Shami’s village prays for final flourish from its illustrious son ahead of World Cup final
“Maunh pe ko chadhe [it rises up the batsman’s face],” says a young Vinay Rai as he gleefully explains the threat the delivery of his hero poses to the best in the business; his hero, of course, is local — nay, international — icon Mohammed Shami. Hailing from a Dalit family, Vinay was among several youngsters from Sahaspur, and nearby villages, who had turned up on Saturday to play cricket on the ground that the Uttar Pradesh government has decided to turn into a mini stadium of around 10,000 square metres as a tribute to Mr. Shami’s exceptional performance in the ongoing Cricket World Cup 2023 that will reach its acme tonight.
Hailing from a Turk family, Mr. Shami, a practising Muslim, has emerged as a glue and an inspiration in the village that is hardly 70 kilometres from Madanpur village in Hapur where Qasim Qureshi was killed in June 2018 by a mob following alleged rumours of cow slaughter.
In Sahaspur Alinagar, a predominantly Muslim village, youngsters hesitate when asked to be clicked with cows they tend. They shift the conversation to buffaloes. They want to forget the way Mr. Shami was trolled with communal slurs after India lost to Pakistan in the 2021 T-20 World Cup. But as young Mohammed Zeeshan said they feared the hate could return any day their hero lost his magical touch. “We were worried when he dropped an easy catch in the semi-final but his seven-wicket haul quickly shifted the narrative.”
“Those who say Muslims should go to Pakistan need to introspect whether they want to lose out on assets like Shami and Siraj as well,” said Mugheer Alam, Mohammed Shami’s maternal uncle.
Badruddin Siddiqui, Mr. Shami’s coach in the neighbouring Moradabad, who helped in making the shift to Bengal after his protégé was repeatedly rejected in under-19 trials in his home state, said, “Instead of crying over discrimination, I tell Muslim boys to prove themselves. I know we have to repeatedly prove our love for the nation but sports is a great unifier. People of different faiths and castes drink from the same bottle of water. Now, how can anybody ignore Shami? See, the government has taken note of his performance and a mini stadium might be a small gesture but it has made a start.”
Pushpendra Pal, the local vistarak of the Bharatiya Janata Party, said Mr. Shami was always their own because he is working in desh hit (national interest). “Now, when the PM has congratulated him and a stadium is being built in the village what is left to say? But if the party thinks that the Muslims in the area will start voting for them, it is mistaken,” Mr. Pal said.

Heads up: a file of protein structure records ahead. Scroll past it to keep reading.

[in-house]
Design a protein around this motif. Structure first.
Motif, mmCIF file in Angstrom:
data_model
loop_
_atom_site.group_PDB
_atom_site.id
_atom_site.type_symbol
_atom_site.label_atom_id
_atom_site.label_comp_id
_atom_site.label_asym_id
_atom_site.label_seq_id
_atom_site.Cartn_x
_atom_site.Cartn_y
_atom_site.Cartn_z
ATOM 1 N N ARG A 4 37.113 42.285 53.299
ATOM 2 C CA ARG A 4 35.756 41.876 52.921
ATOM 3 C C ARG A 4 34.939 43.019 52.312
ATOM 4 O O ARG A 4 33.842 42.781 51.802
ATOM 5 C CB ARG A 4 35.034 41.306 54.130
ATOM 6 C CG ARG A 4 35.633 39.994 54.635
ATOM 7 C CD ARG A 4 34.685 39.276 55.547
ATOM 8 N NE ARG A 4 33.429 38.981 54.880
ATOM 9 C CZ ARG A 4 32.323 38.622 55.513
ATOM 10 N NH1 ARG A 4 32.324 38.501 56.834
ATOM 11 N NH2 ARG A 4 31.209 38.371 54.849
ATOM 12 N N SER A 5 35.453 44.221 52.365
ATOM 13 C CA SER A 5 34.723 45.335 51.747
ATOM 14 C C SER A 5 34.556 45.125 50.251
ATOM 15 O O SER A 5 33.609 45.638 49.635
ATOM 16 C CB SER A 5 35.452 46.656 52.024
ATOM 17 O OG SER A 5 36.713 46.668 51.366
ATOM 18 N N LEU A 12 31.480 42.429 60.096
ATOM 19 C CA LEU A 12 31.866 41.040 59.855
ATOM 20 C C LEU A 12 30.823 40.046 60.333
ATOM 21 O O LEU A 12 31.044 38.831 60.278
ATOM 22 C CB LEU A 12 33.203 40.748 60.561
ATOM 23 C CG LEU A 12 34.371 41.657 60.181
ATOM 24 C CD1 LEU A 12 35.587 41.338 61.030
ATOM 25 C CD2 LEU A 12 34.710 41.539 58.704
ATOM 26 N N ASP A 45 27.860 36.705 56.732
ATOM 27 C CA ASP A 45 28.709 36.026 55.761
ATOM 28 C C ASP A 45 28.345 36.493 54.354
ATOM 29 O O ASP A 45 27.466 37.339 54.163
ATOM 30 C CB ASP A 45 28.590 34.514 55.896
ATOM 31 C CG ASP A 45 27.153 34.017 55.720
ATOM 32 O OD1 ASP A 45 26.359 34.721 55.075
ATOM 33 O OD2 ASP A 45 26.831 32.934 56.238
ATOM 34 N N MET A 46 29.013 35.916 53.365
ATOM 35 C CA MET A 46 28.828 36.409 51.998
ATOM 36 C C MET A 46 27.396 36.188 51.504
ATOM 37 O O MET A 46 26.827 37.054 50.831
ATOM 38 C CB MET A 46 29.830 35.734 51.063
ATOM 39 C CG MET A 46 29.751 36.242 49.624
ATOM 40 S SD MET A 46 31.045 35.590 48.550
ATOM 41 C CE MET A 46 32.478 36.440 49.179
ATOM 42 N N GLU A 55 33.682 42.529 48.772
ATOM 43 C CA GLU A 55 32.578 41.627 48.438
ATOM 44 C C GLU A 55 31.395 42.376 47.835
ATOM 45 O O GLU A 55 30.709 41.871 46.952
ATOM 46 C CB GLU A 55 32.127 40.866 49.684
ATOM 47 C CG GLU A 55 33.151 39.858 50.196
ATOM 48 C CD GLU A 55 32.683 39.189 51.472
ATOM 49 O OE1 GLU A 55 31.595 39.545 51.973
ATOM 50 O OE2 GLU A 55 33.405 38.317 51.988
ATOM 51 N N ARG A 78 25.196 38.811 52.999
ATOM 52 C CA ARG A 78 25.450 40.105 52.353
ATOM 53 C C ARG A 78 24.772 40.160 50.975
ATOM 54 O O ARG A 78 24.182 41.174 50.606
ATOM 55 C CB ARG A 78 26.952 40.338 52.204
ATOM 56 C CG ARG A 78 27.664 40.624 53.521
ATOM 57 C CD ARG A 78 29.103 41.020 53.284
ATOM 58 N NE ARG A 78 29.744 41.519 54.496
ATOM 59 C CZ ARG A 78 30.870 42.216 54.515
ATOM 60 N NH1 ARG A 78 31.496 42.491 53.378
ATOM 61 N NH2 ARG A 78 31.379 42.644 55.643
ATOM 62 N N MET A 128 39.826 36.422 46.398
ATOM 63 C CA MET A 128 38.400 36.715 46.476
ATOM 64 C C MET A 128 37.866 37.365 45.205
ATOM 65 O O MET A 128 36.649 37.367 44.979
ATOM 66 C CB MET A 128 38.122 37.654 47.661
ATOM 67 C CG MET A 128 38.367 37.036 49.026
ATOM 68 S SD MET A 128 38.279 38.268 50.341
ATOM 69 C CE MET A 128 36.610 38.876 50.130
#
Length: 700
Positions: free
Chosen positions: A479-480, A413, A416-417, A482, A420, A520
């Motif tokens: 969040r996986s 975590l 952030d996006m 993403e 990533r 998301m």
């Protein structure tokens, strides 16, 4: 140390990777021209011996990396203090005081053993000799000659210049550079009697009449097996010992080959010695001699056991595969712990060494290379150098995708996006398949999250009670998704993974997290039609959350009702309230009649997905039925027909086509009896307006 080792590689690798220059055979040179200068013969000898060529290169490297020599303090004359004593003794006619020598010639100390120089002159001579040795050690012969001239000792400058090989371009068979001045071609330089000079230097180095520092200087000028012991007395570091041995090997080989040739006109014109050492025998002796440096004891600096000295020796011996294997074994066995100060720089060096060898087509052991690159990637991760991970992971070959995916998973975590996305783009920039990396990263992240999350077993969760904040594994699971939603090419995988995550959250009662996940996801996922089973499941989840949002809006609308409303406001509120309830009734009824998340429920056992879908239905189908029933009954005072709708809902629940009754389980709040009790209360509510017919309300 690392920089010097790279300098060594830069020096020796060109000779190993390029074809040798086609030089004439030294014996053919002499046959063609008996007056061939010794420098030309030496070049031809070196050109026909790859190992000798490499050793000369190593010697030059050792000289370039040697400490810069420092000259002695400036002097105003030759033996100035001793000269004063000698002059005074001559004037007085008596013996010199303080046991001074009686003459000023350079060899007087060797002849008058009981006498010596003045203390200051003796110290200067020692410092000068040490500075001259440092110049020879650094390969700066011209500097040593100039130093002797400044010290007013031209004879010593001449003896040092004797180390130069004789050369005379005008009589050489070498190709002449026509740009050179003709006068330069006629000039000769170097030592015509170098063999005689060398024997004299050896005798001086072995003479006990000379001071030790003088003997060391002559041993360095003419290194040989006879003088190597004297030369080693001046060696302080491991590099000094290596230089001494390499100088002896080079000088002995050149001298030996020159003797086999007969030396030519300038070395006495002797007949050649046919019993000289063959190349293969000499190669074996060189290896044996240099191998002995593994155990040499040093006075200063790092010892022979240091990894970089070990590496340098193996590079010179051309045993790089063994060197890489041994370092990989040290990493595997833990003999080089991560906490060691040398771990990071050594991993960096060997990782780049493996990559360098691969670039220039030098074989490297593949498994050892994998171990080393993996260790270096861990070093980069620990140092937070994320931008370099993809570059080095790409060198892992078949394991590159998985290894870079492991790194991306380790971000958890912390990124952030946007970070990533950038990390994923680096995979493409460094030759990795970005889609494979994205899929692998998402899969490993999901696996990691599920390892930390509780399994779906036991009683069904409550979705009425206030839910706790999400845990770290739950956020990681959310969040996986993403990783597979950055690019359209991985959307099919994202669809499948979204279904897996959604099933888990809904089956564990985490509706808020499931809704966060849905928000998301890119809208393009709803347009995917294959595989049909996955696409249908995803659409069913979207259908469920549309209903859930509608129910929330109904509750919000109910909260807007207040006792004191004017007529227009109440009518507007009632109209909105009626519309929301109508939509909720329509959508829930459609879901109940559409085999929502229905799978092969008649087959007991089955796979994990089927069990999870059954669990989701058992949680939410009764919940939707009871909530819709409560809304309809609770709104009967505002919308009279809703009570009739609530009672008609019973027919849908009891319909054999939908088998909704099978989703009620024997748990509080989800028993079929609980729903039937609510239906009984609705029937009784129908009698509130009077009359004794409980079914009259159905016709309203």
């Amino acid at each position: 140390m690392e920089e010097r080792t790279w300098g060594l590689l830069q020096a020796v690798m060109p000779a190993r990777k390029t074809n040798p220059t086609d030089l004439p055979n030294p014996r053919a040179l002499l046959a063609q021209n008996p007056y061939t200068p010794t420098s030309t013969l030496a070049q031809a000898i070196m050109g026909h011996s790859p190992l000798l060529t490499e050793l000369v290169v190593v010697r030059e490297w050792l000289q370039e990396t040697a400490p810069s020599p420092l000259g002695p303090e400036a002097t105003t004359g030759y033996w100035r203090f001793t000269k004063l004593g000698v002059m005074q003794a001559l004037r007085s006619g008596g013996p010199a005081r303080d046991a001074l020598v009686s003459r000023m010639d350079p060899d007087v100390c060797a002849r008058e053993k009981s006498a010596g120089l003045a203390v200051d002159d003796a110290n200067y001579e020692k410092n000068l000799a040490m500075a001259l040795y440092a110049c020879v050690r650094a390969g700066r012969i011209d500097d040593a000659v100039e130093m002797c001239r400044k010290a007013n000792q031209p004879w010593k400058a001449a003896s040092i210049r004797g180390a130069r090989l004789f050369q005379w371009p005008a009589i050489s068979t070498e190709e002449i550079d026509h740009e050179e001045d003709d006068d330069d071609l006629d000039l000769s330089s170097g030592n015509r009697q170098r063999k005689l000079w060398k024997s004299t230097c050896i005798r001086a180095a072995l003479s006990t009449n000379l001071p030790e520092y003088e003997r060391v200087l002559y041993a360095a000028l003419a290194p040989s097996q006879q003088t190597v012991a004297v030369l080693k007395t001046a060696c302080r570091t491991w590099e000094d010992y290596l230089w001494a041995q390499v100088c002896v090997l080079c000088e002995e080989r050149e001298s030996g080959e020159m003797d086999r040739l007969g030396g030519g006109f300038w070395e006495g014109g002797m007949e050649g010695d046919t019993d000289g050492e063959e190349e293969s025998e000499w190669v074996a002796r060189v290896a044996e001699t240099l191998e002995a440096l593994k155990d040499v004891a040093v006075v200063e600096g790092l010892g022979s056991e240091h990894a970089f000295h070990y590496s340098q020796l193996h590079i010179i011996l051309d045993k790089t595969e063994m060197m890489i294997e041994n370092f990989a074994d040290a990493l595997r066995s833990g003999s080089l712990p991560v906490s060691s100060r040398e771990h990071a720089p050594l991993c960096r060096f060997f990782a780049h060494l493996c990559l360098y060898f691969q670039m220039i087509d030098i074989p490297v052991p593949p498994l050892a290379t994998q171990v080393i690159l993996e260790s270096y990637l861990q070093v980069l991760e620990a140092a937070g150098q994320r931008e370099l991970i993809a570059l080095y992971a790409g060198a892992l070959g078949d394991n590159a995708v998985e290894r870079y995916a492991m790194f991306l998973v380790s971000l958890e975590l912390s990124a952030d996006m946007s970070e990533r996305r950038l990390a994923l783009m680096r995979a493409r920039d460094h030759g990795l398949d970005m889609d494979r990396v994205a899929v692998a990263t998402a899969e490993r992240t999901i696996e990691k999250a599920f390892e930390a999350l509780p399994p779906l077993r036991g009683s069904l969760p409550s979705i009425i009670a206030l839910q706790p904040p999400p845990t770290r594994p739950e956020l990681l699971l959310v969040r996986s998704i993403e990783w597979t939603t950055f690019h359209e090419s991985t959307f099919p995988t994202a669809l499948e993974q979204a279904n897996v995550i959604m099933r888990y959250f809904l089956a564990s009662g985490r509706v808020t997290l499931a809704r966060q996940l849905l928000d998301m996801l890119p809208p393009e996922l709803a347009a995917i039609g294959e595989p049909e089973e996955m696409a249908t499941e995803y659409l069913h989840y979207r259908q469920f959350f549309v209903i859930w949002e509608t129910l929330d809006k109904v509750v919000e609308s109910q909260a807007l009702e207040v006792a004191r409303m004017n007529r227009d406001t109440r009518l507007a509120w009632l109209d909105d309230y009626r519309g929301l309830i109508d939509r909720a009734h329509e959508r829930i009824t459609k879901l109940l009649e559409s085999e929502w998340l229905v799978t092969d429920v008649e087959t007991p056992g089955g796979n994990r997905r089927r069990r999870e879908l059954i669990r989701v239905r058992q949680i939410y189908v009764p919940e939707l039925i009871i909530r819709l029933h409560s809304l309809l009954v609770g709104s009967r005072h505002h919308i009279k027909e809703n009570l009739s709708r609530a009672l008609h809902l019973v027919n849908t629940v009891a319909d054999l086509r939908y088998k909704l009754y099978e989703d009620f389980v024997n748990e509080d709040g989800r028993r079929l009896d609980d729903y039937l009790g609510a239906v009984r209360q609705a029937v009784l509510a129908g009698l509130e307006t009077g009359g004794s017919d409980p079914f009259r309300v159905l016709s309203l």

The proposal of the stadium, sent by Gram Sabha a few months ago, suddenly found traction after the semi-final with the lekhpal (a clerical post) and his team doing the rounds of the field with a measuring tape and a map. Dr Mumtaz, the spouse of the local Pradhan said earlier it was to be built through MGNREGA but now the government might outsource it.
On the ground, Mr. Shami’s sparring partner Mohammed Sohail, who works in Delhi now, shows the grip of the ball and the value of steely wrists. “Usually players refuse to learn new things or put in hard yards once they make their India debut. Shami is an exception. When he was labelled as a red ball player, he returned to the village during the COVID-19 lockdown and worked on his fitness and white ball bowling. He would dip the ball in water to make it heavier and bowl for hours. Then he would get a sugarcane field cleared and run with a tyre. And we can see the result. On pitches where Trent Boult and Michael Starc look toothless, my friend is proving to be unbeatable.”
Apart from skills, Mr. Siddiqui underlined his student’s fearless attitude for his success. “From a young age, he always goes for wickets. He doesn’t resort to back-of-the-length deliveries even if he gets hit,” Mr. Siddiqui said.
Meanwhile, Anjum Ara, Mr. Shami’s stoic mother, is busy preventing the cameramen from taking pictures of the cot lying in the courtyard of their old home far from her son’s sprawling farmhouse. “Achcha na lage. Kursi ki lo. [It doesn’t look good. Take photos of chairs],” she says, clearly not wanting the press to turn Mr. Shami’s life journey into a rags-to-riches story. “We always had enough. He is a simple, God-fearing boy who is living the dream of his late father [Touseef Ahmed] who could not make it beyond the local tournaments. Wish he were around… When Shami returns with the Cup, I will feed him taheri [a regional rice dish],” she trails off.
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